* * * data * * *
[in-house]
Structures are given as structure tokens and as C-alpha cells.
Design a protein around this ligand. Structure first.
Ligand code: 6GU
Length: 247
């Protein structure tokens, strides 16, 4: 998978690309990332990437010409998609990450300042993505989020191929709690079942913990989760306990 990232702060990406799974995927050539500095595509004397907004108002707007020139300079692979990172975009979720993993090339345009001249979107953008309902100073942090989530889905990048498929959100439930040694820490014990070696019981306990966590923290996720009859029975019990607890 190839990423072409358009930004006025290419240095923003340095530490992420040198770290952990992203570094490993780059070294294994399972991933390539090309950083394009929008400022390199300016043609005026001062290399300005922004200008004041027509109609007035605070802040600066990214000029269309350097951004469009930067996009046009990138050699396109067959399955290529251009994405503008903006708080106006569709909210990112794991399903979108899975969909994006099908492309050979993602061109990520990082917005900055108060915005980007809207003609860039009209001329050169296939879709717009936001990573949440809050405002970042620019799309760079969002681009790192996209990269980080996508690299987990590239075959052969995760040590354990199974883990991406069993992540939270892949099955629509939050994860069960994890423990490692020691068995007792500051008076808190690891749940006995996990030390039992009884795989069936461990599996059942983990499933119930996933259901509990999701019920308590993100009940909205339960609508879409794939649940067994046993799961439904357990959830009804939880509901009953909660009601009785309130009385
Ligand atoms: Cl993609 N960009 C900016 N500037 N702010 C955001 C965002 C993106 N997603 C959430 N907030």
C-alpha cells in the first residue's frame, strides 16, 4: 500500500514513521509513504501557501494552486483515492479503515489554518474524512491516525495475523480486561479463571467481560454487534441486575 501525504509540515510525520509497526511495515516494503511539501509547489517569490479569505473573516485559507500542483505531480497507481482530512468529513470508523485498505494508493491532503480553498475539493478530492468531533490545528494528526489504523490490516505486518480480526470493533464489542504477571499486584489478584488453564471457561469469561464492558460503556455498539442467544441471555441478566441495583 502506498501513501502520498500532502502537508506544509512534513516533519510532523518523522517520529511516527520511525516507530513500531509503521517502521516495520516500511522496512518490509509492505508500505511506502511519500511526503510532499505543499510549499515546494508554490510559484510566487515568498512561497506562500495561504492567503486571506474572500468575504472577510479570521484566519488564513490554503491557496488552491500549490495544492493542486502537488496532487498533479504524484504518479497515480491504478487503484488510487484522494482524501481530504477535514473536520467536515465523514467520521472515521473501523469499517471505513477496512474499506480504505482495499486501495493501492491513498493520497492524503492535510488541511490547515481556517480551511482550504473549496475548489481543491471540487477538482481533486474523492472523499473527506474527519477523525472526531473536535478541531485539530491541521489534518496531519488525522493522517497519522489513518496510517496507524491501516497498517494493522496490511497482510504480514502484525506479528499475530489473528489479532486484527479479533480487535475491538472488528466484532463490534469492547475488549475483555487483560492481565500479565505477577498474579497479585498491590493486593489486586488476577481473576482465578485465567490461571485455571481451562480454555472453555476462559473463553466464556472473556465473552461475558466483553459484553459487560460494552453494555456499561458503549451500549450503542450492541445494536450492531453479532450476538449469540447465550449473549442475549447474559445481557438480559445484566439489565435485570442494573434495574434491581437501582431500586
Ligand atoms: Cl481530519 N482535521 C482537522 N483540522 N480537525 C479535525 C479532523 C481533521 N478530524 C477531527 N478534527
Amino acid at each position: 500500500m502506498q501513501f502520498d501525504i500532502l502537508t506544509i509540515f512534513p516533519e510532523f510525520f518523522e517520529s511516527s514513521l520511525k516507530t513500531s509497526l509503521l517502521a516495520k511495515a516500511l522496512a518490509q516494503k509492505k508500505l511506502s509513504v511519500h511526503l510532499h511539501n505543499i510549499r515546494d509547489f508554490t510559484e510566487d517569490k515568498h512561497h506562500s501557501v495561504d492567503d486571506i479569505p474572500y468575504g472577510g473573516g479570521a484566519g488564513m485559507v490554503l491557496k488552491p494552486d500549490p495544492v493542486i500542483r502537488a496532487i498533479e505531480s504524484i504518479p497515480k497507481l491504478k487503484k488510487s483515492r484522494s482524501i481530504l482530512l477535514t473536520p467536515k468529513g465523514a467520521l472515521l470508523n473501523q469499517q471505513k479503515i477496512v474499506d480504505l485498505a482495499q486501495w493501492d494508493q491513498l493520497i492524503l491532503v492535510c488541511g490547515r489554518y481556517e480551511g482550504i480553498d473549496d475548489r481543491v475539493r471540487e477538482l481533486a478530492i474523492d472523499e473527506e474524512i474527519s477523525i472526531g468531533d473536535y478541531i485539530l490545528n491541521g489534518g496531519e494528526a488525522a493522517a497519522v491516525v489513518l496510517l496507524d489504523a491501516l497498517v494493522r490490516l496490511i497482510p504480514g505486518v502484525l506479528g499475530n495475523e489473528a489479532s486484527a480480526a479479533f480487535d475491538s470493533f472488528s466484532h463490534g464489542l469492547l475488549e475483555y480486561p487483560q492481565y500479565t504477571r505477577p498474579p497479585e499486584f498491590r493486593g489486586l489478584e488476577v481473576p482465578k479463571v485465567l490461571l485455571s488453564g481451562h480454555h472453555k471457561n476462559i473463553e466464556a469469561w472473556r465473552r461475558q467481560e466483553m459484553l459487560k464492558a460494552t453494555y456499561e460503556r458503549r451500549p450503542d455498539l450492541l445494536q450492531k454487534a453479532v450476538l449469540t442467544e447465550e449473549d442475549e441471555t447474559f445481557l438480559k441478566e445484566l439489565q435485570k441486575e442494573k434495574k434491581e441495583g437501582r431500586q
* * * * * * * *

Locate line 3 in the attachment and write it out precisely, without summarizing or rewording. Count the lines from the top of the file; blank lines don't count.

Design a protein around this ligand. Structure first.